Blocks of imprimitivity in vertex-transitive graphs

An exercise from a book that I am currently studying asks to show the following.

Let $B$ be a block of imprimitivity of $\rm{Aut}(G)$ for a vertex-transitive graph $G.$ Then the graph induced by $B$ is regular.

Am I missing something or is a more stronger claim than this true? Namely, that the induced subgraph is vertex-transitive? For if $u,v \in B$ then there is a $g \in \rm{Aut}(G)$ such that $u^g = v$ and clearly $g \in \rm{Aut}(G[B])$ from the fact that $B$ is a block of imprimitivity. Am I missing something here?

Another question that I would like to consider here is :

What are some nice blocks of imprimitivity for some graphs? Are there any nice applications for them?

The only non-trivial blocks of imprimitivity that I could think of are the antipodal vertices of the odd cycle $C_{2n}$ and Hypercube $Q_n$ and a bipartition of a bipartite vertex-transitive graph.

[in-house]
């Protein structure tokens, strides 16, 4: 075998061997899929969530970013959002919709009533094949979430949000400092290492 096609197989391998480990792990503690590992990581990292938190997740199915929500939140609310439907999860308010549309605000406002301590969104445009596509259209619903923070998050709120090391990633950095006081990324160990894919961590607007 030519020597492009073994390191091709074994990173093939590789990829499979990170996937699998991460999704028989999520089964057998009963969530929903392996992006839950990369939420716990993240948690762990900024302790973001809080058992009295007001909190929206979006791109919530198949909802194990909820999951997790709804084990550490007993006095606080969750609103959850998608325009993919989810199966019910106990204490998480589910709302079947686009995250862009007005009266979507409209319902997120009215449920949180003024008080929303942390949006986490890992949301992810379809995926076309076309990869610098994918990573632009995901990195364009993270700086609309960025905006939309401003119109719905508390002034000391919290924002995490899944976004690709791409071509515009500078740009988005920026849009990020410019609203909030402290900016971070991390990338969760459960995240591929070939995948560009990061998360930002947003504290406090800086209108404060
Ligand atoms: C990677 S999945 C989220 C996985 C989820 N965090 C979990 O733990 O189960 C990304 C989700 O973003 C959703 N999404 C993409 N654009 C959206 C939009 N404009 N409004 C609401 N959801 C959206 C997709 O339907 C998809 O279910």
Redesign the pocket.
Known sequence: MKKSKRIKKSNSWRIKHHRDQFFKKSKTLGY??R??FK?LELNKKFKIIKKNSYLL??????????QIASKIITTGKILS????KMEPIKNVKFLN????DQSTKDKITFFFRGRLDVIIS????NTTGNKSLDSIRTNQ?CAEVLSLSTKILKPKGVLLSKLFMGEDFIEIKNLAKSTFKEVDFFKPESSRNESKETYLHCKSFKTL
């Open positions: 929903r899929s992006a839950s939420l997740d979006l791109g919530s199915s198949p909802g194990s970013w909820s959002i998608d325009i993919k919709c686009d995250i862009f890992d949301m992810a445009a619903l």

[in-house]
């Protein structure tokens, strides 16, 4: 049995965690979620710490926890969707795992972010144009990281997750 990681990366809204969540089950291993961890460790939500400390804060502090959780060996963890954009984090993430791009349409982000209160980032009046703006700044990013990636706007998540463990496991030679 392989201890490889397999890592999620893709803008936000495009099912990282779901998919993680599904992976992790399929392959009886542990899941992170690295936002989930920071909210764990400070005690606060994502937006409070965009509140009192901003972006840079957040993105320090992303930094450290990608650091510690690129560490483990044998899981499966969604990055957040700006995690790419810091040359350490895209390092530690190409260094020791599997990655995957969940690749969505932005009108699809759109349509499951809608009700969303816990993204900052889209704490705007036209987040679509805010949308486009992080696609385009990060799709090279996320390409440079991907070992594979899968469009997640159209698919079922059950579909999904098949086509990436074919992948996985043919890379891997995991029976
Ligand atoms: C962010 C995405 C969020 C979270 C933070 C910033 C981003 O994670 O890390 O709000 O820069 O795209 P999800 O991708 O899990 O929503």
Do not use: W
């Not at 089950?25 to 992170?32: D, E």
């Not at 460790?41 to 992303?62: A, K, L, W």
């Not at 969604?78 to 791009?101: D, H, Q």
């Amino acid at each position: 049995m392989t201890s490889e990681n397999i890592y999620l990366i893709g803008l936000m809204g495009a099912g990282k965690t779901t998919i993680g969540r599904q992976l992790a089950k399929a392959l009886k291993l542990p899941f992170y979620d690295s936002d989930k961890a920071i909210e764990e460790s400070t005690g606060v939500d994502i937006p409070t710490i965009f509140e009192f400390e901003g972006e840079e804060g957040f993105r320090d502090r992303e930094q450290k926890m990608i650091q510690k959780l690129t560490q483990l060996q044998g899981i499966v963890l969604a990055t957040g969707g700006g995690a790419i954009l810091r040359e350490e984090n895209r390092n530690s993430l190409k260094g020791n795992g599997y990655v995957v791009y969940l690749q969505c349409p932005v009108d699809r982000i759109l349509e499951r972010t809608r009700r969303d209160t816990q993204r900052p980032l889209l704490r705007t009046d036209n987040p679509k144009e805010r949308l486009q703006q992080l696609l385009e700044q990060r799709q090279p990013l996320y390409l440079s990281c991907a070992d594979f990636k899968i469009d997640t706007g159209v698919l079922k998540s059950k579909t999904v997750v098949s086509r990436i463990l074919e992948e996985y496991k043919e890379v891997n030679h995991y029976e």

Constructing blocks: If $u\in V(G)$ then the set of points fixed by $\mathrm{Aut}(G)_u$ is guaranteed to be a block of imprimitivity. The block in even cycles and in the hypercubes arise in this way. If $N$ is an intransitive normal subgroup of $\mathrm{Aut}(G)$, then its orbits are blocks; for example vertex-transitive bipartite graphs. The centre of the automorphism group will often work, provided it's non-trivial. If $G$ is a Cayley graph for a group $\Gamma$ and $\mathrm{Aut}(G)=\Gamma$, then any non-identity proper subgroup gives a non-trivial block of imprimitivity.
Another way of thinking about this is that systems of imprimitivity are just equivalence relations on $V(G)$ that are invariant under $\mathrm{Aut}(G)$. For examples, a graph of diameter $d$ is antipodal if "equals or is at distance $d$ from" is a nontrivial equivalence relation. Hypercubes are antipodal, as is the line graph of the Petersen graph ($d=3$).